Colombia’s prosecution accused eight members of the FARC, Colombia’s oldest and largest rebel group, of perpetrating one of the most notorious attacks in the history of the country’s decades-long armed conflict.
A prosecutor from the government’s human rights division has issued formal accusations against eight active FARC members allegedly behind the 1998 siege on the town of Miraflores, a two-day attack in which over 1,500 FARC troops seized a Church, hospital, military base and anti-narcotics police base in the Guaviare department, kidnapping 129 police and military personnel, killing 19 people, including three civilians, and injuring many more.
The attack came before a successful government push to combat the FARC and its drug-trafficking operations — its primary source of financial backing at the time, and initiated the largest surge of terrorist activity in the guerrilla group’s history. Over the next two years, at least four similar mass-kidnapping attacks were carried out across the country.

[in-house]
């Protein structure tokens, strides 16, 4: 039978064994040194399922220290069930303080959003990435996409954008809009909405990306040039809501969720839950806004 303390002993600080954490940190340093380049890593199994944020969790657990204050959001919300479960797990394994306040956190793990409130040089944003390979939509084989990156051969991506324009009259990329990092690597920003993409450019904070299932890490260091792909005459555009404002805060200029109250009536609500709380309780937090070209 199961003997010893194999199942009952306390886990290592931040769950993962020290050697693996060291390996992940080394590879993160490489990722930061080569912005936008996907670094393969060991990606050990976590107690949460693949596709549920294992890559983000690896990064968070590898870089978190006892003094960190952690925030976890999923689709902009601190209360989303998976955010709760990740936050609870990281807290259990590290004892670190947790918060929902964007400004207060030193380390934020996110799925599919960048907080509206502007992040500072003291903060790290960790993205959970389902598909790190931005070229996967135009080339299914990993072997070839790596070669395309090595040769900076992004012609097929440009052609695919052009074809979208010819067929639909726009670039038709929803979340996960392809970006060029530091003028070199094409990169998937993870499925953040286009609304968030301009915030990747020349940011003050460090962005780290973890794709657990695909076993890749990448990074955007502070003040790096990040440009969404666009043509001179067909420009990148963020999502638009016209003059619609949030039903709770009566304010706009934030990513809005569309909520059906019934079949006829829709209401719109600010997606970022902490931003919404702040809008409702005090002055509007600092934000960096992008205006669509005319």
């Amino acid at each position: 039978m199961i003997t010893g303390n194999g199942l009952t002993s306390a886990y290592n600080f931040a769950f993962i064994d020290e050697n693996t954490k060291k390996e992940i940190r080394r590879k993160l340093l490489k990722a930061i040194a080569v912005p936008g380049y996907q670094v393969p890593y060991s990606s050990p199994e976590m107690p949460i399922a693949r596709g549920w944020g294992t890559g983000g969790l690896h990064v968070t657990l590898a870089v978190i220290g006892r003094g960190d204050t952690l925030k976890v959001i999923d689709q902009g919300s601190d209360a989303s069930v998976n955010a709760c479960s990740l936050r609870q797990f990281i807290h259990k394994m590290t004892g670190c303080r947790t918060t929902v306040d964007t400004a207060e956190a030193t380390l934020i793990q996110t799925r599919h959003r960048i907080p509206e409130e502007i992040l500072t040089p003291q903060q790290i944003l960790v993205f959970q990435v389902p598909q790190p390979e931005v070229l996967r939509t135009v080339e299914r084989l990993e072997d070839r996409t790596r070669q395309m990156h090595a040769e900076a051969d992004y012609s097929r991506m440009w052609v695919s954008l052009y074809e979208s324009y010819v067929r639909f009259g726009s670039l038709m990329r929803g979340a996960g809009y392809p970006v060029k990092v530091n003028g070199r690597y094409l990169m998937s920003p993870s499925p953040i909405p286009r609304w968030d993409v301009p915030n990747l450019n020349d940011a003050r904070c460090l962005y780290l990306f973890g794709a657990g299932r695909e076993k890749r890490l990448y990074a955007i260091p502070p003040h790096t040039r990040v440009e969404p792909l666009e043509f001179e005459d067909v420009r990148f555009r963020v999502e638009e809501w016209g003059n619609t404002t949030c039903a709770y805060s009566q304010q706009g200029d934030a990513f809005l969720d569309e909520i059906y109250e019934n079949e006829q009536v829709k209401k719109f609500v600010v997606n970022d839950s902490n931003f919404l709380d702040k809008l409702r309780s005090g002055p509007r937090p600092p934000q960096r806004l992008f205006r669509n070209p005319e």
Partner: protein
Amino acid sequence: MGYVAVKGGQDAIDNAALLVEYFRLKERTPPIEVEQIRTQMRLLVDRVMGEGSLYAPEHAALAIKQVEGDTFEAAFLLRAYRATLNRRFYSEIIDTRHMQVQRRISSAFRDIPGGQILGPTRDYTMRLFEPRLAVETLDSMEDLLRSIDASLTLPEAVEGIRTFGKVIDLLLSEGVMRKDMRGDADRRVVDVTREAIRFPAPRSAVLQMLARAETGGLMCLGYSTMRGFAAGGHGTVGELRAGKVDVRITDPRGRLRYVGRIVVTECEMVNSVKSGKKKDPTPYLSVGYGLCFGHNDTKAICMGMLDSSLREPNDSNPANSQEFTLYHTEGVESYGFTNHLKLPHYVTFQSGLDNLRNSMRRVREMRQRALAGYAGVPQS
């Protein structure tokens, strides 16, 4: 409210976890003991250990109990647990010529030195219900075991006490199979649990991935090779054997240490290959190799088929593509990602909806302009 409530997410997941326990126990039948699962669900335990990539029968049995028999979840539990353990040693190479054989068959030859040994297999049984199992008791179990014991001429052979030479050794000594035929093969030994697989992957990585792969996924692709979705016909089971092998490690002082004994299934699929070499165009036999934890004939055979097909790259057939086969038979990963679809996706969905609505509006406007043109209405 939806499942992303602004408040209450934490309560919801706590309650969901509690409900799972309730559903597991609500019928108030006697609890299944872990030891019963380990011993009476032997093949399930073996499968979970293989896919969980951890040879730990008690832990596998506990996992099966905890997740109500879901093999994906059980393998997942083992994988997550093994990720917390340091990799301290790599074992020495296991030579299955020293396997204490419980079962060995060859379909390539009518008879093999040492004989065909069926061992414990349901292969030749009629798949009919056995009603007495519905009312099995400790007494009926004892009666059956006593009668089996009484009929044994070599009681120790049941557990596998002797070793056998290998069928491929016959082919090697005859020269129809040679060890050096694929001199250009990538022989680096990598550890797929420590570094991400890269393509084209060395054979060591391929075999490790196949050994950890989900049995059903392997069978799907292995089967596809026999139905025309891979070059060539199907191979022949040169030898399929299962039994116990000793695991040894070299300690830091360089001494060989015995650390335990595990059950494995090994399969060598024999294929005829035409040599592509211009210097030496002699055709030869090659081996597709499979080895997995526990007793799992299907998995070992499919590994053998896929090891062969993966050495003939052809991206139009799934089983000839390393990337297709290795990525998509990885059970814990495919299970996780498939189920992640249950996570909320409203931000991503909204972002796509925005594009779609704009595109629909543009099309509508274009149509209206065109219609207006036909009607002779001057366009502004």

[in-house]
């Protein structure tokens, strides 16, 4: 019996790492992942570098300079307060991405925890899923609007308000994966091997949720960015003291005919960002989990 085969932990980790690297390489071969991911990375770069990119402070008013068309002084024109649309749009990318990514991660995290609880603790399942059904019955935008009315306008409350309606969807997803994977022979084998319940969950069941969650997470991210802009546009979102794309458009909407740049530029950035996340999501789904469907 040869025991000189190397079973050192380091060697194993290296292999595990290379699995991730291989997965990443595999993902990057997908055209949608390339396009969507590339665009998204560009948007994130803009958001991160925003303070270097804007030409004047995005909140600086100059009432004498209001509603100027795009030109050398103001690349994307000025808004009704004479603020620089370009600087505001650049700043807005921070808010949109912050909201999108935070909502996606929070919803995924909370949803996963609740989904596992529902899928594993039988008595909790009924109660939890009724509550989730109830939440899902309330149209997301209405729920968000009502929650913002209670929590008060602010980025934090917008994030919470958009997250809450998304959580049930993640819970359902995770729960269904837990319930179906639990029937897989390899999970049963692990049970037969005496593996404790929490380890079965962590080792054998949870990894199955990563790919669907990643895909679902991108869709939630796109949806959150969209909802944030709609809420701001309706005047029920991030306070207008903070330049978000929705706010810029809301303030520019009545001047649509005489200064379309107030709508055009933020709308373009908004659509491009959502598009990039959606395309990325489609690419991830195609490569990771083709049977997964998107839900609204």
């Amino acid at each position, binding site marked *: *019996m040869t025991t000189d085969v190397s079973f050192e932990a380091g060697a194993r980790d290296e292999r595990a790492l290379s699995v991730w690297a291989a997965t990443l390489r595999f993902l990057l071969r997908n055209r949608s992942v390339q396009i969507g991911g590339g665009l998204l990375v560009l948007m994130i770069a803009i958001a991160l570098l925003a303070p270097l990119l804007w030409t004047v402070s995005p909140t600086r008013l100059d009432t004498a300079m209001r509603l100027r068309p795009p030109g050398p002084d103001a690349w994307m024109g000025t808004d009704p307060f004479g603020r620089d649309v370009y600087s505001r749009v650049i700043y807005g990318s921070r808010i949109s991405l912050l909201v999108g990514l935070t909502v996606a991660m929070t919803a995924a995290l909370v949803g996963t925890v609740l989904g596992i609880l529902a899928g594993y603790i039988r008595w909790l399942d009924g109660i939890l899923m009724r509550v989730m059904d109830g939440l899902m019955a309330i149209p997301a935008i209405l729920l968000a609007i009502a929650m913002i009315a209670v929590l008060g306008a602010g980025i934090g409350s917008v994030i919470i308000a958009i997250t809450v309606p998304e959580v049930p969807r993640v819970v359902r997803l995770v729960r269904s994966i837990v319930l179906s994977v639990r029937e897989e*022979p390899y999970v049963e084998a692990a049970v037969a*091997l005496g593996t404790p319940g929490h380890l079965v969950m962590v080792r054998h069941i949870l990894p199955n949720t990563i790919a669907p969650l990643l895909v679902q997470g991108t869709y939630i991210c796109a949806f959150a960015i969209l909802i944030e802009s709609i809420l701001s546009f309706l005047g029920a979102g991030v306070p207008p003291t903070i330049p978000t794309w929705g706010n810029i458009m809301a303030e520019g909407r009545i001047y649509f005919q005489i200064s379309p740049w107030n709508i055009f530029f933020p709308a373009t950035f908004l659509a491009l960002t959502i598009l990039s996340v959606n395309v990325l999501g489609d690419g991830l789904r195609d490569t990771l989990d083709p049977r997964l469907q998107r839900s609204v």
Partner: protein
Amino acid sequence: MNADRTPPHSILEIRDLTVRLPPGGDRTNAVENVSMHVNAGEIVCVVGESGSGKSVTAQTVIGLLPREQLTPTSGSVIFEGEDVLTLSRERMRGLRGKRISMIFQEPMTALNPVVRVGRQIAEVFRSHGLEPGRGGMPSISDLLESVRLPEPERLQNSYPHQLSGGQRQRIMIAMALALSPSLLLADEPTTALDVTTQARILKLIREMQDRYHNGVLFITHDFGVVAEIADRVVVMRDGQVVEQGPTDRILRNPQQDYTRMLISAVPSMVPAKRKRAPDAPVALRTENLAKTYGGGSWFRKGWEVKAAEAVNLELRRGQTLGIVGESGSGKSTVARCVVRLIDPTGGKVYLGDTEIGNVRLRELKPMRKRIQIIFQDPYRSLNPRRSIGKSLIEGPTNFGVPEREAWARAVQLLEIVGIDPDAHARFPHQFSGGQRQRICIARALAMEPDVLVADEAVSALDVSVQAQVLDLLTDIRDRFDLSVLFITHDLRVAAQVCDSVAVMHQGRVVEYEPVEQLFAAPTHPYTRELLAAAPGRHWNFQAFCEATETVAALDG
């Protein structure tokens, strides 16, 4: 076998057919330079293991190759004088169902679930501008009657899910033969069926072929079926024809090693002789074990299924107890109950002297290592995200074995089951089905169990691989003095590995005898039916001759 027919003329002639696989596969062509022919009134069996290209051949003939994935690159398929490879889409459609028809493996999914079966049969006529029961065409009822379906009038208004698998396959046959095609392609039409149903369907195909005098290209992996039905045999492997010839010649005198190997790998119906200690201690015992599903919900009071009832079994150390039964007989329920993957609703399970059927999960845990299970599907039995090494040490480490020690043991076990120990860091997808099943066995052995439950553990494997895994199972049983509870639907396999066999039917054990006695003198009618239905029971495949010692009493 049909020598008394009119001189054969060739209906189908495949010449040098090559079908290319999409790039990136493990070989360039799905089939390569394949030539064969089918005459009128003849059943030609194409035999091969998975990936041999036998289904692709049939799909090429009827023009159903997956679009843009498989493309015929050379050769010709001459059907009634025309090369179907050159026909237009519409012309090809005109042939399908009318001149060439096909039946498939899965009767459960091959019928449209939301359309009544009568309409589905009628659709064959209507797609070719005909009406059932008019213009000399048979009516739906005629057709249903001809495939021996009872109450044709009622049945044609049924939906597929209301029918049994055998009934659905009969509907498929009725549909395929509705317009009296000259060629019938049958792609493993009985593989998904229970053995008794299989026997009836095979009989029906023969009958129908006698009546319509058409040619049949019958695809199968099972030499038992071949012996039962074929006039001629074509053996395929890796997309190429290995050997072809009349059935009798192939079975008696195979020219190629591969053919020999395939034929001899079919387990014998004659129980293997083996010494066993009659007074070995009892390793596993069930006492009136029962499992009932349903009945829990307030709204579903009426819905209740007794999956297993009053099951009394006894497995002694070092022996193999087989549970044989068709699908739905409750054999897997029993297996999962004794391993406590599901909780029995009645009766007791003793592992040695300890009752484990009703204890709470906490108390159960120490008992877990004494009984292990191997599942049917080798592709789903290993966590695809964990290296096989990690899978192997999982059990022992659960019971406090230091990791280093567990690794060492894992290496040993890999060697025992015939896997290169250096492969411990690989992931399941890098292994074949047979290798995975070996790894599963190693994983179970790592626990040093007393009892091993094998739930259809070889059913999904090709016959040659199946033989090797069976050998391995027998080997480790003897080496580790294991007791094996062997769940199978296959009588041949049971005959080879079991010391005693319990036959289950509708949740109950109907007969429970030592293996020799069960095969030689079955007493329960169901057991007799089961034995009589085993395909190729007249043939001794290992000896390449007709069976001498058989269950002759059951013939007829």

Most of the prisoners from the Miraflores incident were eventually released, whether through negotiations or unilateral efforts on the part of the FARC, but some were only retrieved in military rescue efforts, after being held for more than 10 years.
One of the accused FARC members — Jaime Alberto Parra Rodriguez, aka Mauricio el Medico — is playing a prominent role in ongoing negotiations between the FARC and the government in Havana, and therefore will be left alone, say government officials.
But the prosecutor’s office is calling for the immediate capture of the other seven members, who will be tried for their role in what the government has called a “massive human rights violation”.
The Santos administration has indicated it will consider some form of immunity for FARC members as part of a potential peace agreement. But as talks in Havana entered their 14th round earlier this week, ex-military officials began placing pressure on the national government to hold the FARC accountable for previous crimes.